The Road Less Traveled: Funders' Advice on the Path to Nonprofit Sustainability

by Kathleen W. Buechel; Esther Handy

Jul 1, 2007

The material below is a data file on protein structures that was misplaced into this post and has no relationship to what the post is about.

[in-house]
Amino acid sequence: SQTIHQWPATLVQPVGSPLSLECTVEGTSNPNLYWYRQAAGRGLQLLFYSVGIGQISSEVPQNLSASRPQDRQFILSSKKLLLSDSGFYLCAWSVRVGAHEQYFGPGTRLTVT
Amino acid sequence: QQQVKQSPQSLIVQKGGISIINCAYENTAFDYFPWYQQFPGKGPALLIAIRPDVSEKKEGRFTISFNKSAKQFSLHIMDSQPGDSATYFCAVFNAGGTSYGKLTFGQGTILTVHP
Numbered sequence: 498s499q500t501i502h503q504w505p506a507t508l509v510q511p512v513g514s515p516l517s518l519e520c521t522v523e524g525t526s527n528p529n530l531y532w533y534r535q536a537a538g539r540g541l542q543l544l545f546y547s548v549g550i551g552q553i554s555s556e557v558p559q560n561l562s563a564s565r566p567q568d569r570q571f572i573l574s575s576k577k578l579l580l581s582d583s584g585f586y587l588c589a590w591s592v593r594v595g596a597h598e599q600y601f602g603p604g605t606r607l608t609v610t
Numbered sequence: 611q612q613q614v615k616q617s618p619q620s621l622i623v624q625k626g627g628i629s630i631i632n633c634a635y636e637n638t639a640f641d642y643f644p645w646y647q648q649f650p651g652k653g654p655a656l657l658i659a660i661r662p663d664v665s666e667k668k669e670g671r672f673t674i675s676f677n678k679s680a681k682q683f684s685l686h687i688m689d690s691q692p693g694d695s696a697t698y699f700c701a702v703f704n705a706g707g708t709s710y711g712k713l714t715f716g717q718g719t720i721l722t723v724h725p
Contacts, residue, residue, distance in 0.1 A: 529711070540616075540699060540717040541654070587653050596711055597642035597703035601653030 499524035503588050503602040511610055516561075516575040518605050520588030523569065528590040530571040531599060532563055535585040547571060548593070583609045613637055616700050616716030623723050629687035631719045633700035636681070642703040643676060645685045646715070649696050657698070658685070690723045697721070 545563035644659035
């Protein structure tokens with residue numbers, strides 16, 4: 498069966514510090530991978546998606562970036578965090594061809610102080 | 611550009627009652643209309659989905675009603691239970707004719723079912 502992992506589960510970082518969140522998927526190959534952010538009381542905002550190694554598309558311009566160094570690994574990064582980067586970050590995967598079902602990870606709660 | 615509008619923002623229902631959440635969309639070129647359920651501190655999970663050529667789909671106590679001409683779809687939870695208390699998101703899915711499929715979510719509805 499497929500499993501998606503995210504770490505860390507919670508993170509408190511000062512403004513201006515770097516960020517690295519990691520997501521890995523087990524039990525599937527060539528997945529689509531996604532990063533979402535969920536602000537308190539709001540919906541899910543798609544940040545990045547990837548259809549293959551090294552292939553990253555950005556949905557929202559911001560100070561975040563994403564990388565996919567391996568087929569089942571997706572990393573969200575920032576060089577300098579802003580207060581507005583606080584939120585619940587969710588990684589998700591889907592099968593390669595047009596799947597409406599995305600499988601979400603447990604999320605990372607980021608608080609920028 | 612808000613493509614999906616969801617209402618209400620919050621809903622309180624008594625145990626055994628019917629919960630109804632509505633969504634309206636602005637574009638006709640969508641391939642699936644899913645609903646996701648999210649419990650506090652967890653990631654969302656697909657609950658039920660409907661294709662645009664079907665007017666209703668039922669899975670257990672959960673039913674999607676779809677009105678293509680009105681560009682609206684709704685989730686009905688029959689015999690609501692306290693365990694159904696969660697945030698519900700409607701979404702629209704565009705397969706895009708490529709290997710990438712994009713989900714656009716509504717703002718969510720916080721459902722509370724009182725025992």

(With apologies to Robert Frost, The Road Not Taken, 1920.) As part of the Capital Ideas symposium co-hosted by the Hauser Center for Nonprofit Organizations at Harvard University and the Nonprofit Finance Fund in March, 2007, an online survey was conducted about funder practices that support nonprofit sustainability. This article highlights the survey findings and the advice that funders offered from their own experiences as paths to greater nonprofit strength. Rather than a qualitative analysis of funding initiatives, this article presents guidance to the field from the field, as funders grappling with how best to strengthen the long term health of their grantees reflect on their works in progress. This article then goes a step further by annotating these lessons learned with the additional perspective offered from just four of the ten draft funding principles that have evolved from the Capital Ideas symposium with the hope of encouraging more funders to consider these principles and practices in their own work. The Capital Ideas survey generated 48 profiles of funding approaches, practices and strategies that support nonprofit organizational capacity building, long term financial health and or programmatic improvement. The lessons funders learned from those initiatives informed ten funding principles that were introduced at the Capital Ideas symposium on March 15, 2007 at Harvard University. Four of those draft principles, outlined below, offered concepts that resonated throughout the profiles and are offered as key steps for funders to consider as they reflect upon their own giving practices. These principles include: Understand when youre building or buying, and fund accordingly. Actively pool resources when more funds are required to achieve results. Minimize the transaction costs for grantees and funders of applying for and reporting on grants. Fund at the organizational rather than the programmatic level, even when your primary interest is in one program. This publication is Hauser Center Working Paper No. 40. The Hauser Center Working Paper Series was launched during the summer of 2000. The Series enables the Hauser Center to share with a broad audience important works-in-progress written by Hauser Center scholars and researchers.
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